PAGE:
We’ve been watching TV shows as far back as the 1920s but these days, the shows we watch look a lot different. As we rapidly approach the 100-year anniversary of television, we wanted to take a look back at how some of our favorite TV formats have changed and adapted over the years.
TV game shows are one of the oldest types of TV shows out there, going back well over five decades. They have come in a lot of forms over the years but the most common around the country were always quiz-style shows. At some point, though, pure quizzes stopped being the fashion.
The biggest example of the ‘new’ kind of game show is Deal or No Deal which involves no ‘skill’ in the way of earlier shows but instead relies on some luck and critical thinking. The show has a more universal public appeal thanks to a simple concept, as evidenced by how many other forms it now comes in, particularly multiple online casino versions. Those who play slots online with jackpots can find an entire set of Deal Or No Deal games that equally have that ‘simple but effective’ quality to them, and even the show format itself is reminiscent of many other casino titles.
Crimes and Mysteries
There was a certain quality to the mystery shows of past decades that makes them instantly recognizable today. If you look at classic detective TV shows like Columbo or Cannon, they were extremely formulaic to the point where it was near-impossible to surprise long-term viewers about what was going to happen.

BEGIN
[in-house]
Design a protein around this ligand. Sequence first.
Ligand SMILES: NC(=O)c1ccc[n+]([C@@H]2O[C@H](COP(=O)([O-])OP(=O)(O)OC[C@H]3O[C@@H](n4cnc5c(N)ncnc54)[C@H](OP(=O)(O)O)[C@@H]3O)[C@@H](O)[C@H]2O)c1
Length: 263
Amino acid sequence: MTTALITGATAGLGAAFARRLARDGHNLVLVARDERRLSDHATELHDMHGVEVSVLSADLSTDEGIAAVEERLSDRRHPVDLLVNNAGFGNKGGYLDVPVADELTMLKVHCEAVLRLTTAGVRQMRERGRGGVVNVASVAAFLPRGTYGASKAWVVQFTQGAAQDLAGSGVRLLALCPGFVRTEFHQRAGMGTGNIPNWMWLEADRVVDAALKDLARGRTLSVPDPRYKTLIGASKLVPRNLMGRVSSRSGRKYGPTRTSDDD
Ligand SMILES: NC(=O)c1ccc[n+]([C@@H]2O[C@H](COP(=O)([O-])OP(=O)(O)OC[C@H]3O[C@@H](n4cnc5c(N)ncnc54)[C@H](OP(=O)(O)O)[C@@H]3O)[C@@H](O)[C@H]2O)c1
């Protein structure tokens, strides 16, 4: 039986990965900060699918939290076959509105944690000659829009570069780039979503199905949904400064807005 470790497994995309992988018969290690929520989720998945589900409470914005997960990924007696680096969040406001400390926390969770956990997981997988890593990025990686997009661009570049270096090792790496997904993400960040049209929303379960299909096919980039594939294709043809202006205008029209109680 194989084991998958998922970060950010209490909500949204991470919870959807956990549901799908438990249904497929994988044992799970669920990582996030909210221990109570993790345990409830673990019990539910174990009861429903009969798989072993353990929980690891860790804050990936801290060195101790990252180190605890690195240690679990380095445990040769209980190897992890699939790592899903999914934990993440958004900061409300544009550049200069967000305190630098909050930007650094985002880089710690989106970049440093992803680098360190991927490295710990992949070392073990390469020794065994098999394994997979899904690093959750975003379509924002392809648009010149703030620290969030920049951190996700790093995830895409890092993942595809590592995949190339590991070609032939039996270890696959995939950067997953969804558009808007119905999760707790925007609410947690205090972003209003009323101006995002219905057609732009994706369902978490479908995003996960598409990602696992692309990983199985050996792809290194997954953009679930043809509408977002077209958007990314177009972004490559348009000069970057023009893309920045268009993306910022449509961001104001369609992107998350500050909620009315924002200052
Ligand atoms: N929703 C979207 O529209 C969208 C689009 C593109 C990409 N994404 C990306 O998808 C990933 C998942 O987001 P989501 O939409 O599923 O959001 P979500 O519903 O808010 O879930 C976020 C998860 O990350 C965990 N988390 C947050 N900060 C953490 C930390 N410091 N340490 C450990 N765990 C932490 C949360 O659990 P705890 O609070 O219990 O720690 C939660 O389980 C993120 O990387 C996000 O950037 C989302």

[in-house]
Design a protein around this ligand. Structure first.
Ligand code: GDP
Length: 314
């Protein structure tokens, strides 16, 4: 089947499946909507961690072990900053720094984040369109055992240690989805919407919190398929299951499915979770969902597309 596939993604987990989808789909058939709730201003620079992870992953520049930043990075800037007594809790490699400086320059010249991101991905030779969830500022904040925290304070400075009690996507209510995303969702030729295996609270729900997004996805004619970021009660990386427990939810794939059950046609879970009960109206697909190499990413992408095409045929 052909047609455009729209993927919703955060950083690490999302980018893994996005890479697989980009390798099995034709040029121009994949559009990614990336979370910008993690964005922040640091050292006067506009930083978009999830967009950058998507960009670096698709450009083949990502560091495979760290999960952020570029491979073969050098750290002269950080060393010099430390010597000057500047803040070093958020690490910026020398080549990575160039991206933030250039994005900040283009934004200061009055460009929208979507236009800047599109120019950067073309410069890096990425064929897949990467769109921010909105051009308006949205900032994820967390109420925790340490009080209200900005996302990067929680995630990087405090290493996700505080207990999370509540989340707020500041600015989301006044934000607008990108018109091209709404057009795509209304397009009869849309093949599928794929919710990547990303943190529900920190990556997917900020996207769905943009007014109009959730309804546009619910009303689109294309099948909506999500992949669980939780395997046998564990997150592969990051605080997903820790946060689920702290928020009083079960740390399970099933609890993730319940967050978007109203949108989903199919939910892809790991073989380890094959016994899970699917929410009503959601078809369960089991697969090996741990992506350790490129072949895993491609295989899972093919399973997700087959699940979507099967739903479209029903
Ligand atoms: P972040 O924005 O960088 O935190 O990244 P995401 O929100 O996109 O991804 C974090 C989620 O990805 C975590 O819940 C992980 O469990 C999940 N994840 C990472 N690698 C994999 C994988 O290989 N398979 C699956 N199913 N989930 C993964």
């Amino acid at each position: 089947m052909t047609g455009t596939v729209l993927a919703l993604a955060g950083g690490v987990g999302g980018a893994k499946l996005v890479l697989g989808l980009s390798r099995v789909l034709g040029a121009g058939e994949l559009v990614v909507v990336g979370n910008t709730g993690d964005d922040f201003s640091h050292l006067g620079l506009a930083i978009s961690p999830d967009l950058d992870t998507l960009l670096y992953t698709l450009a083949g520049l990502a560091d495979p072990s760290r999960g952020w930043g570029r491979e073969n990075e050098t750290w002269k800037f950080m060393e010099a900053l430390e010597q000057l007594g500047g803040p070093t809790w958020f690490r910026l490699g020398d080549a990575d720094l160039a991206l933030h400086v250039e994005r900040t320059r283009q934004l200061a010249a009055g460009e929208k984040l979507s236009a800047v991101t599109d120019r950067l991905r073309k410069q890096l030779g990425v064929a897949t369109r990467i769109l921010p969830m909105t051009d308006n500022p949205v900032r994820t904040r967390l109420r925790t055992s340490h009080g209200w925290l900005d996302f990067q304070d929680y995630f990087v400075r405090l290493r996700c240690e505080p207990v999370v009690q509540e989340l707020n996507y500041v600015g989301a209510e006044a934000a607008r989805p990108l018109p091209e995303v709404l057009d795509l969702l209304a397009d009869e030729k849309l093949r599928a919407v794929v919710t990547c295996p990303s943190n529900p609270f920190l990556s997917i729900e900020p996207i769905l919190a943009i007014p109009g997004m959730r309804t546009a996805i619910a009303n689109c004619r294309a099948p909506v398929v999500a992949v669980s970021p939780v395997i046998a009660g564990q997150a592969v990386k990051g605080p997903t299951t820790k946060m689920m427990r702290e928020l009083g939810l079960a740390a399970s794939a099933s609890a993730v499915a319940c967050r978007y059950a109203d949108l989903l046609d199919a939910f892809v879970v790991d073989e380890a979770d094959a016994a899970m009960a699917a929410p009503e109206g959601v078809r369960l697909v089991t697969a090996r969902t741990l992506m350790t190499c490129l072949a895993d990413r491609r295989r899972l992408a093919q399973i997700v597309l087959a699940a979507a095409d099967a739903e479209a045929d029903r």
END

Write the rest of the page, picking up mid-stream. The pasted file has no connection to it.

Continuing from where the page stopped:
Perhaps for that reason, there was a major shift towards a more realistic, gritty, and overall more varied kind of show in the late 90s, a template that continues today. Shows like Broadchurch, True Detective, and Sherlock all focus heavily on the characters and make sure that predicting the ending is as difficult as possible.
Saying that sitcoms have changed in the past five decades depends very much on which modern sitcoms you look at. The retro sitcoms of the past like Three’s Company or Cheers relied on a very particular formula revolving around live audience reactions or, more commonly, the famous ‘canned laughter’. Audiences for well over half a century came to expect that format with the myriad of tropes that came along with it.
The modern sitcom, with a few exceptions, looks very different. Take the case of It’s Always Sunny In Philadelphia, a show that premiered in 2005 and did away with every sitcom convention that had been established. No laugh track, no punchline comedy, and with far darker and more mature humor than before, it represented a new era of comedy shows and holds the record for the longest live-action sitcom ever.
With all the upheavals and changes that things like streaming services have made to TV, we’d expect to see a lot more changes soon. Expect this list to look a lot different in a few years!